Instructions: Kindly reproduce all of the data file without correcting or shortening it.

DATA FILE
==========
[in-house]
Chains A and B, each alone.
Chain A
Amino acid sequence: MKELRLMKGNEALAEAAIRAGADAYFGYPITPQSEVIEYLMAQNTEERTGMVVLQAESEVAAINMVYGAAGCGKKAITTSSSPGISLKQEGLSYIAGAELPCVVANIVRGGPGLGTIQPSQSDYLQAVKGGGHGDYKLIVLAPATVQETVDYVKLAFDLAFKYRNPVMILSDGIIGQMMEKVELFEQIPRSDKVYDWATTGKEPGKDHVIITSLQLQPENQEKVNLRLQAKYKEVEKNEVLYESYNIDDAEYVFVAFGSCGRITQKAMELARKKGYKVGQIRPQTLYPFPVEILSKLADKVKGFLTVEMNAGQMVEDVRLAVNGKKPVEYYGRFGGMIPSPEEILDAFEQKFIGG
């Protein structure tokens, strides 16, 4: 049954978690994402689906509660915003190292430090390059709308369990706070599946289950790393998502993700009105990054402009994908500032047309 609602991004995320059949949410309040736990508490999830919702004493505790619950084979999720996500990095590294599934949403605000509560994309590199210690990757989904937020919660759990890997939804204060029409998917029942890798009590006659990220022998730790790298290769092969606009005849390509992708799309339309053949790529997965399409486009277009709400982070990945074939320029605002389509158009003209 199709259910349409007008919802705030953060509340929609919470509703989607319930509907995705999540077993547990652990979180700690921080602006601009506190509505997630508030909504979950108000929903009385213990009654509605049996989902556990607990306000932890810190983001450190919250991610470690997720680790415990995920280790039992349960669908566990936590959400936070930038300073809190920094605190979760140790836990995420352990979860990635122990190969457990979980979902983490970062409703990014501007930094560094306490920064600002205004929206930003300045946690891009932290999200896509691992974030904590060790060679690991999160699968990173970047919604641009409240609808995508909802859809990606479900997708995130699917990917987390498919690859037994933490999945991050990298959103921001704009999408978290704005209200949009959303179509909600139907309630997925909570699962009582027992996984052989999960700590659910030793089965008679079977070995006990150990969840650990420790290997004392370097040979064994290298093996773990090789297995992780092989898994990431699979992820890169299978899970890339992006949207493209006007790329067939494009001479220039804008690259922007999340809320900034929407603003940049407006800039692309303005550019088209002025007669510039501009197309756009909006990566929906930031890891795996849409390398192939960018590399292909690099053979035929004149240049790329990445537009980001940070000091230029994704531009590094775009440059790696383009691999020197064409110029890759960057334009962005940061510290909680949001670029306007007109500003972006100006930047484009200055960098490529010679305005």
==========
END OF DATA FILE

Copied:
[in-house]
Chains A and B, each alone.
Chain A
Amino acid sequence: MKELRLMKGNEALAEAAIRAGADAYFGYPITPQSEVIEYLMAQNTEERTGMVVLQAESEVAAINMVYGAAGCGKKAITTSSSPGISLKQEGLSYIAGAELPCVVANIVRGGPGLGTIQPSQSDYLQAVKGGGHGDYKLIVLAPATVQETVDYVKLAFDLAFKYRNPVMILSDGIIGQMMEKVELFEQIPRSDKVYDWATTGKEPGKDHVIITSLQLQPENQEKVNLRLQAKYKEVEKNEVLYESYNIDDAEYVFVAFGSCGRITQKAMELARKKGYKVGQIRPQTLYPFPVEILSKLADKVKGFLTVEMNAGQMVEDVRLAVNGKKPVEYYGRFGGMIPSPEEILDAFEQKFIGG
């Protein structure tokens, strides 16, 4: 049954978690994402689906509660915003190292430090390059709308369990706070599946289950790393998502993700009105990054402009994908500032047309 609602991004995320059949949410309040736990508490999830919702004493505790619950084979999720996500990095590294599934949403605000509560994309590199210690990757989904937020919660759990890997939804204060029409998917029942890798009590006659990220022998730790790298290769092969606009005849390509992708799309339309053949790529997965399409486009277009709400982070990945074939320029605002389509158009003209 199709259910349409007008919802705030953060509340929609919470509703989607319930509907995705999540077993547990652990979180700690921080602006601009506190509505997630508030909504979950108000929903009385213990009654509605049996989902556990607990306000932890810190983001450190919250991610470690997720680790415990995920280790039992349960669908566990936590959400936070930038300073809190920094605190979760140790836990995420352990979860990635122990190969457990979980979902983490970062409703990014501007930094560094306490920064600002205004929206930003300045946690891009932290999200896509691992974030904590060790060679690991999160699968990173970047919604641009409240609808995508909802859809990606479900997708995130699917990917987390498919690859037994933490999945991050990298959103921001704009999408978290704005209200949009959303179509909600139907309630997925909570699962009582027992996984052989999960700590659910030793089965008679079977070995006990150990969840650990420790290997004392370097040979064994290298093996773990090789297995992780092989898994990431699979992820890169299978899970890339992006949207493209006007790329067939494009001479220039804008690259922007999340809320900034929407603003940049407006800039692309303005550019088209002025007669510039501009197309756009909006990566929906930031890891795996849409390398192939960018590399292909690099053979035929004149240049790329990445537009980001940070000091230029994704531009590094775009440059790696383009691999020197064409110029890759960057334009962005940061510290909680949001670029306007007109500003972006100006930047484009200055960098490529010679305005």